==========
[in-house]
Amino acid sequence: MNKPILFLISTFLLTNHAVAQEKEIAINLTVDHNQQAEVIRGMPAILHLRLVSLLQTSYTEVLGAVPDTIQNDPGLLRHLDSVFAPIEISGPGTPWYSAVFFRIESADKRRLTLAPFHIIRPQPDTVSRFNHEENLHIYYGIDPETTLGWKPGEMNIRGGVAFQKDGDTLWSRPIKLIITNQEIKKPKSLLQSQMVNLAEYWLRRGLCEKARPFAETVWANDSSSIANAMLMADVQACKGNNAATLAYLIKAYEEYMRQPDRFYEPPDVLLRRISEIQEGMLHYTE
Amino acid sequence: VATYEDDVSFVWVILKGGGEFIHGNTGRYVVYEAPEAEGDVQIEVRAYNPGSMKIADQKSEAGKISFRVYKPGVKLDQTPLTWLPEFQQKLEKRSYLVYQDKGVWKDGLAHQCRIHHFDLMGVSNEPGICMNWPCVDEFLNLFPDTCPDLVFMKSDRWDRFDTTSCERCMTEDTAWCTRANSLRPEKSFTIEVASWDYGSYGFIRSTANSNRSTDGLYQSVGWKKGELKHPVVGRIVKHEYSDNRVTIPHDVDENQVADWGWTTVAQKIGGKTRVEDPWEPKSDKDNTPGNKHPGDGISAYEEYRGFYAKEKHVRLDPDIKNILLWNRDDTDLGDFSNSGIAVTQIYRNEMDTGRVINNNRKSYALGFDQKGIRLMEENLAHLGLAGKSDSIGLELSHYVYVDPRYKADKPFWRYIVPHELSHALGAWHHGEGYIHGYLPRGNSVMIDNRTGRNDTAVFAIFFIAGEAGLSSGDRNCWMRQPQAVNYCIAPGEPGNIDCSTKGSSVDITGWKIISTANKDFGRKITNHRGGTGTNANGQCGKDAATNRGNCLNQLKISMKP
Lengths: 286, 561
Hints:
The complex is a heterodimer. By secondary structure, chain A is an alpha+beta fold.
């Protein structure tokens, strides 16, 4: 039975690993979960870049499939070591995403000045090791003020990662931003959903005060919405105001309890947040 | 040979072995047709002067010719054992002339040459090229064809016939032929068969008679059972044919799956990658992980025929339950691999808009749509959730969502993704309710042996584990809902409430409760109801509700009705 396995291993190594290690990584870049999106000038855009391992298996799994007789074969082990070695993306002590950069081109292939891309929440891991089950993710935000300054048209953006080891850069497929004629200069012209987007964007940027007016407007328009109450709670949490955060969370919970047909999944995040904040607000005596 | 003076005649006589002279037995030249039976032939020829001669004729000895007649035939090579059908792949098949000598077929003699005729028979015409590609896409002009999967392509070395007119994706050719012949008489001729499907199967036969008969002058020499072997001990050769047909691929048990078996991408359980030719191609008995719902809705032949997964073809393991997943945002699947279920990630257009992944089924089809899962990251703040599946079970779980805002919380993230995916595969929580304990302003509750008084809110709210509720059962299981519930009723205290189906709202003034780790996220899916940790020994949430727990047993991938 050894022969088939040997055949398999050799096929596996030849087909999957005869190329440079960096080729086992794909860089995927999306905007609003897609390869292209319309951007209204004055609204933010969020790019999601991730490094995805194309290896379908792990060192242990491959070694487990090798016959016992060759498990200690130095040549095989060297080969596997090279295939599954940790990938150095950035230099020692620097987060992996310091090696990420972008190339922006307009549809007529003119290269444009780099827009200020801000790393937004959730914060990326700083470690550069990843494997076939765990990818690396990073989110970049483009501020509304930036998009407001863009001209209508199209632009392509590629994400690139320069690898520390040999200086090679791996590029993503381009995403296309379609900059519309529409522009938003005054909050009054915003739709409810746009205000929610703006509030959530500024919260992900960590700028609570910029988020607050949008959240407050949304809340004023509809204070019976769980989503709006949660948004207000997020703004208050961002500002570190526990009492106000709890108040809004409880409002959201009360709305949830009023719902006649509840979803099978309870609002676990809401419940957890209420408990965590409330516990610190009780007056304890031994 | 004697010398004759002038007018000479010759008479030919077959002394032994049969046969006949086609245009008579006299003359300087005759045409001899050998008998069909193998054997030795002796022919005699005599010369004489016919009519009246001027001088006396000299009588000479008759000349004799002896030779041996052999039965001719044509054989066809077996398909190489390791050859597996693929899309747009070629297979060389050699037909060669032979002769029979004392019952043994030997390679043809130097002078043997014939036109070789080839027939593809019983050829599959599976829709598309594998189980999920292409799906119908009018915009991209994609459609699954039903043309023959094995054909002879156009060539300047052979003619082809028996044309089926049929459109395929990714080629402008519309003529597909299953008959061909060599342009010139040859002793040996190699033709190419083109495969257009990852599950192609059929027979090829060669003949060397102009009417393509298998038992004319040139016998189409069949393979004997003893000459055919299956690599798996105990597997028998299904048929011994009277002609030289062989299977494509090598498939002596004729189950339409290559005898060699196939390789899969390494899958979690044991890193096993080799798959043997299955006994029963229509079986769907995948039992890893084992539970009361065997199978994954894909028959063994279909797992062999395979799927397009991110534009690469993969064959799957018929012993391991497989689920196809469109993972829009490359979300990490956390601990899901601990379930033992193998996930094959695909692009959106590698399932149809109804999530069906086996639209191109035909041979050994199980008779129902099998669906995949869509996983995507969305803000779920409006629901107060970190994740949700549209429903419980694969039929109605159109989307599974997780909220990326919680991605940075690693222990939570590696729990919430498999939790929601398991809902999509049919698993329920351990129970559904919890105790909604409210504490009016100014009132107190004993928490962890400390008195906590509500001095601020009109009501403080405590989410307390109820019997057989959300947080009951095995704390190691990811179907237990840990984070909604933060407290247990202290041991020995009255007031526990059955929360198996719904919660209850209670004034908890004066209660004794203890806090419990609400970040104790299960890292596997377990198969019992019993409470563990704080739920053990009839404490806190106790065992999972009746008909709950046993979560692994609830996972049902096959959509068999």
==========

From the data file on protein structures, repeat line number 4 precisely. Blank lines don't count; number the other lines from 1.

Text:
Lengths: 286, 561